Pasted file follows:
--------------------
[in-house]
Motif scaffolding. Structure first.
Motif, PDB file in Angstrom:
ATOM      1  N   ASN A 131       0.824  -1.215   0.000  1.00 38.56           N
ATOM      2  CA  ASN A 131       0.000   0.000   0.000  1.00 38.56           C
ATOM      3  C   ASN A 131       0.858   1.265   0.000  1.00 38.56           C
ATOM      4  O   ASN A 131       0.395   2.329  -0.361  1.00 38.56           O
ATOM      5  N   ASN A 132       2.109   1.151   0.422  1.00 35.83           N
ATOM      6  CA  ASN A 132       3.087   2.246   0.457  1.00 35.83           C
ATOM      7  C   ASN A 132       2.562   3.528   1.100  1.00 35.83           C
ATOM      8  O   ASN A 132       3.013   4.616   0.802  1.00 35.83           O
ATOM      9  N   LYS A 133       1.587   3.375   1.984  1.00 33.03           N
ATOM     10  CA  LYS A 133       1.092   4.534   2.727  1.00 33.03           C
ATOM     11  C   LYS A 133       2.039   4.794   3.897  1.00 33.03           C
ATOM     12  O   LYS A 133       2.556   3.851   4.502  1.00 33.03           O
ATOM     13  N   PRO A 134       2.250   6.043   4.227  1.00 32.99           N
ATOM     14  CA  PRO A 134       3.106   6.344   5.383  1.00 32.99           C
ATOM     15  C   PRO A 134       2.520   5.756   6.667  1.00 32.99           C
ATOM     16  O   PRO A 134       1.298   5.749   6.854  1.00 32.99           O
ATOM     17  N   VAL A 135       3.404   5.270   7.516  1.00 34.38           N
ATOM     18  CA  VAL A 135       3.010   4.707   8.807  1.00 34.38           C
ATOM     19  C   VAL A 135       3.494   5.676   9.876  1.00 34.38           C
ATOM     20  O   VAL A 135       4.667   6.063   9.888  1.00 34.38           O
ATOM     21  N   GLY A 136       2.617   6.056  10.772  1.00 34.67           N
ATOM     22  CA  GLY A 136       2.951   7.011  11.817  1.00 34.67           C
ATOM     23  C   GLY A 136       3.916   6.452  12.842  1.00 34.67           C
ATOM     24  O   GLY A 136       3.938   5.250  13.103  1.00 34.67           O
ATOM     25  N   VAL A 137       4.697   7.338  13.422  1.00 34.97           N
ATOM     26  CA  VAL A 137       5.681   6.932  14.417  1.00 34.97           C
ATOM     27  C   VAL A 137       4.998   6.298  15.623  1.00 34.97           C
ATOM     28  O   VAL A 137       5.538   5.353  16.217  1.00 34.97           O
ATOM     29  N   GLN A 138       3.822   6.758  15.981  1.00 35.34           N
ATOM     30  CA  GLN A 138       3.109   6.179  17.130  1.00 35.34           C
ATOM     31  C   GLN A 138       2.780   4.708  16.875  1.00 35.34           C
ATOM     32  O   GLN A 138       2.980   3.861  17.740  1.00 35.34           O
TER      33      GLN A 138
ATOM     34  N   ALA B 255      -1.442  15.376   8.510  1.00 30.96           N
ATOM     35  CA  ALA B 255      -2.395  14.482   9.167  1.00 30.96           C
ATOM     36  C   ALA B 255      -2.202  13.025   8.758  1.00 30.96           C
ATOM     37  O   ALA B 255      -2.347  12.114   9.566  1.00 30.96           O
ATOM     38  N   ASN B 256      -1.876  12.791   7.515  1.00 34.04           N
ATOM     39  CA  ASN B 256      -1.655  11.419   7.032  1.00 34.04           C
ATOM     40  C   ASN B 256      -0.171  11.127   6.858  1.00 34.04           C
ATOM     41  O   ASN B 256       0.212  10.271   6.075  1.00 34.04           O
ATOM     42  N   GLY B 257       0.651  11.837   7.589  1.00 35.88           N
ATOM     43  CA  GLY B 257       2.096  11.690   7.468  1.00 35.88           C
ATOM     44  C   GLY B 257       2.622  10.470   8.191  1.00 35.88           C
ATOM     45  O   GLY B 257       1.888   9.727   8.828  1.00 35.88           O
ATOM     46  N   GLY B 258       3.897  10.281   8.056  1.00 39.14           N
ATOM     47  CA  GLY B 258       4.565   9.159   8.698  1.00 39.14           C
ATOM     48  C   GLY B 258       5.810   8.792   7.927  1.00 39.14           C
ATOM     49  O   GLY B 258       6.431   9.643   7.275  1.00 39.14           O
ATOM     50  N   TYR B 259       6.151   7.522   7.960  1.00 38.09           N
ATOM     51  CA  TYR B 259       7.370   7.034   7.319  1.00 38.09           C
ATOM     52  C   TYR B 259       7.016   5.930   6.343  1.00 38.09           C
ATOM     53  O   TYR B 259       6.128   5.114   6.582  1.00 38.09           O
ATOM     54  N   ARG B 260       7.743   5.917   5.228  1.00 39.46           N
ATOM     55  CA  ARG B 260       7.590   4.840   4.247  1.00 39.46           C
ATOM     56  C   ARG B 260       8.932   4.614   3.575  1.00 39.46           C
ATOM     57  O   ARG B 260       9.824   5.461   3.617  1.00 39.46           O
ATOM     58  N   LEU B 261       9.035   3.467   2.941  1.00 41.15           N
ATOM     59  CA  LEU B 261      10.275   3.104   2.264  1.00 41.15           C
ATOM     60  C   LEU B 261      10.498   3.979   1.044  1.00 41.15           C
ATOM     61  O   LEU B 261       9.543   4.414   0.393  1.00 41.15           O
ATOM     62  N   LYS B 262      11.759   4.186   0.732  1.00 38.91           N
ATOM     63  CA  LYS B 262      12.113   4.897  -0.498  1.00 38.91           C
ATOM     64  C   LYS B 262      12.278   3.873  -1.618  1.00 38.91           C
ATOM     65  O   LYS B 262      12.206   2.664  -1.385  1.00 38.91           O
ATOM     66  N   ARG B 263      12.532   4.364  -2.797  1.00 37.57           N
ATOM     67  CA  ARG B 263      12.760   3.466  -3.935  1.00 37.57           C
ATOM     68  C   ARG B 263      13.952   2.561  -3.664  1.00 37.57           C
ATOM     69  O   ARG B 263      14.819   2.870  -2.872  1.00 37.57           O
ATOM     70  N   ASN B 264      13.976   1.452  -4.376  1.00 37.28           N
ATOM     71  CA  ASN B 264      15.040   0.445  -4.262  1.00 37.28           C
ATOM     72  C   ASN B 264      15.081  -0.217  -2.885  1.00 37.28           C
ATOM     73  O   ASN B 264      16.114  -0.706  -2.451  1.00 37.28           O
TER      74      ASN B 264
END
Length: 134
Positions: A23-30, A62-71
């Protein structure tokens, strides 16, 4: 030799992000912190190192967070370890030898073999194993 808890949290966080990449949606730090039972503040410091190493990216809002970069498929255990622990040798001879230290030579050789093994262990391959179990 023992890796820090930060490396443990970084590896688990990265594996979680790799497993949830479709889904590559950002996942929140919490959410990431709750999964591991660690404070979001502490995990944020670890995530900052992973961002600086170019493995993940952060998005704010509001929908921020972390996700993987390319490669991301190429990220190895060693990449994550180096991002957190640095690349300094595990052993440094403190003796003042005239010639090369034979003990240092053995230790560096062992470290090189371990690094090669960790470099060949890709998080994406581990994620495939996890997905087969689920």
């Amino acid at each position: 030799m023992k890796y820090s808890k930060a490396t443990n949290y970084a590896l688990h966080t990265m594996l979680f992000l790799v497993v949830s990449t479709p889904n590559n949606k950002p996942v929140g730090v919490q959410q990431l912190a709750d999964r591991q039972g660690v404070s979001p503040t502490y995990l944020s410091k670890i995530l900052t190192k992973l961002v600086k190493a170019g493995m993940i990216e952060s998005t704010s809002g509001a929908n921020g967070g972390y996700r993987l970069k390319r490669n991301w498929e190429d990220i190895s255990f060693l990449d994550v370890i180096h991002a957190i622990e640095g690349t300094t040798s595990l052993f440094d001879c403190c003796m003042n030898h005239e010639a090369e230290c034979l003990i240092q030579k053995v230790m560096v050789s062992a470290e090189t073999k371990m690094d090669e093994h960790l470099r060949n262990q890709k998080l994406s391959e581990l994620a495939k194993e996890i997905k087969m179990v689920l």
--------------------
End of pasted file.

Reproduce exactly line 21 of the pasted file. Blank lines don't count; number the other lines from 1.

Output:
ATOM     18  CA  VAL A 135       3.010   4.707   8.807  1.00 34.38           C